Leaching and uptake of nitrogen, and pasture production, associated with irrigation of treated wastewater, Taupō, New Zealand
Telfer, E. I. C. (2013). Leaching and uptake of nitrogen, and pasture production, associated with irrigation of treated wastewater, Taupō, New Zealand (Thesis, Master of Science (MSc)). University of Waikato, Hamilton, New Zealand. Retrieved from http://hdl.handle.net/10289/7938
Permanent Research Commons link: http://hdl.handle.net/10289/7938
Secondary-treated wastewater from Taupō Township is irrigated onto perennial ryegrass (Lolium perenne) which is harvested and removed from the View Road wastewater treatment site. To determine the fate of the applied wastewater nitrogen, 48 undisturbed barrel lysimeters (30 cm diameter x 43 cm depth) were installed throughout 29 hectares. Centre pivot travelling irrigators were programmed to vary in speed to provide target wastewater application rates of about 0, 450, 550 and 650 kg N ha⁻¹yr⁻¹. The targeted application treatments were not achieved, with the achieved nitrogen loading rates grouped into a low treatment (286 - 380 kg N ha⁻¹yr⁻¹), a medium treatment (380 - 445 kg N ha⁻¹yr⁻¹), and a high treatment (445 - 567 kg N ha⁻¹yr⁻¹). Nitrogen input in control sectors was assumed to be 5 kg N/ha/yr from atmospheric nitrogen deposition. A mean of 4 to 6% of the applied nitrogen was leached. The mean amount of nitrogen leached from the high treatment (28.6 ± 10.1 kg N ha⁻¹yr⁻¹) was higher (P < 0.05) than from the low treatment (12.7 ± 4.2 kg N ha⁻¹yr⁻¹). The medium treatment (16.0 ± 7.2 kg N ha⁻¹yr⁻¹) was not significantly different than the low treatment or the high treatment. The mean amount of nitrogen leached from the control treatment was 2.8 ± 0.6 kg N ha⁻¹yr⁻¹. Nitrogen leaching that occurred in the high application treatment was below the consented limit of 30 kg N ha⁻¹yr⁻¹. A mean of 79 to 100% of the applied nitrogen was removed by pasture. There were no significant differences in pasture dry matter production, or nitrogen removal, between the low treatment (13 922 ± 1196 kg DM ha⁻¹yr⁻¹and 341 ± 25 kg N ha⁻¹yr⁻¹), the medium treatment (13 543 ± 1475 kg DM ha⁻¹yr⁻¹ and 360 ± 51 kg N ha⁻¹yr⁻¹), and the high treatment (15 285 ± 1919 kg DM ha⁻¹yr⁻¹ and 385 ± 43 kg N ha⁻¹yr⁻¹). Pasture production was higher (P < 0.001) in irrigated pastures (mean of all irrigated treatments, 14 250 ± 349 kg DM ha⁻¹yr⁻¹) than unirrigated controls (5300 ± 839 kg DM ha⁻¹yr⁻¹). A mean of -4 to 16% of the applied wastewater nitrogen was unaccounted for. The majority of unrecovered nitrogen was presumed to be volatilised with lower potential for denitrification and soil storage. A second experiment was undertaken to determine whether a five week or a ten week harvesting frequency would result in greater pasture production and nitrogen removal. During the ten month trial, 265 kg N ha⁻¹ of wastewater nitrogen was irrigated and pasture plots (1 m x 1 m) were cut with a mower. Nitrogen removal and pasture production were higher (P < 0.05) with a five week harvesting interval (8231 ± 186 kg DM ha⁻¹ and 250 ± 5 kg N ha⁻¹) than a ten week harvesting interval (7354 ± 67 kg DM ha⁻¹ and 191 ± 3 kg N ha⁻¹). Harvesting at five week intervals during late-November to May (late-spring to late-autumn) and ten week intervals from May until early-November (late-autumn to mid-spring) is recommended to maximise both pasture production and nitrogen removal, while minimising harvesting costs.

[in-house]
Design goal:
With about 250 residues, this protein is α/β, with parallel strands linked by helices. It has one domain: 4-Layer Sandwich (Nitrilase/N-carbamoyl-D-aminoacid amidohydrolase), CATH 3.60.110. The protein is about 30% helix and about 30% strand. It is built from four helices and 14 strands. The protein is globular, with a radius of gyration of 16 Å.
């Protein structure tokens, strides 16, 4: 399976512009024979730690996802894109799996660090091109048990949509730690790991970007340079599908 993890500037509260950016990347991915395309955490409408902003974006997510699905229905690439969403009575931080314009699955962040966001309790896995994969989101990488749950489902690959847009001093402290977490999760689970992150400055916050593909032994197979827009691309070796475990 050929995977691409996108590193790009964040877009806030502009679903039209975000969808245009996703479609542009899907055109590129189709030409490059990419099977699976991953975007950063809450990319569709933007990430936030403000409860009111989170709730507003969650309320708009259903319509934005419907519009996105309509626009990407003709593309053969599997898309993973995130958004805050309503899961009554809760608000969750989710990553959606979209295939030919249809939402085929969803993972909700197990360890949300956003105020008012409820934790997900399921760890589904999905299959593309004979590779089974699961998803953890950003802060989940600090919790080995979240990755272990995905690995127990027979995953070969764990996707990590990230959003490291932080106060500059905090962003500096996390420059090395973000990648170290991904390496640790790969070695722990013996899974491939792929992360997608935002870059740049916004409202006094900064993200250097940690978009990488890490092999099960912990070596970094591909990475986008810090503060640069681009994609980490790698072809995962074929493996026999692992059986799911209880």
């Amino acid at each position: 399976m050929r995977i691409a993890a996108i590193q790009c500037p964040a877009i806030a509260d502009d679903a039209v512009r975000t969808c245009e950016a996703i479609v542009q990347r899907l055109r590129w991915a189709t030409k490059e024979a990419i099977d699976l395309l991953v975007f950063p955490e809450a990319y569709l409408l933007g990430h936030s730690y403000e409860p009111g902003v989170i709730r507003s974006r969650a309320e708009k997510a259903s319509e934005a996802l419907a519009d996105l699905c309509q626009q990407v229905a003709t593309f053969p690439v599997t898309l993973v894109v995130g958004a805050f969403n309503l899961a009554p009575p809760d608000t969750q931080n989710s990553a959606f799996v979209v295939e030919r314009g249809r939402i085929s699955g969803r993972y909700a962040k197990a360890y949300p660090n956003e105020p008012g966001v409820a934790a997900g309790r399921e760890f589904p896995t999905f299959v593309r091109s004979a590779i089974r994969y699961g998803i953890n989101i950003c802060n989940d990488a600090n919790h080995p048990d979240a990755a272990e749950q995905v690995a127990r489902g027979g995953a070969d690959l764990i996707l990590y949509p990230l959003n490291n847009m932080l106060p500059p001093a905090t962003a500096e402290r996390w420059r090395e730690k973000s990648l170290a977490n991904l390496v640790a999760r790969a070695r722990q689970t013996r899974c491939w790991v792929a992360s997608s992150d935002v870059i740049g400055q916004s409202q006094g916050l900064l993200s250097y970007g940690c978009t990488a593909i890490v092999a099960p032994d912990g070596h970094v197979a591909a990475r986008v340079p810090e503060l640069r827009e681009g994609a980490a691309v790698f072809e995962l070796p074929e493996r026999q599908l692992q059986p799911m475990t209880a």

University of Waikato
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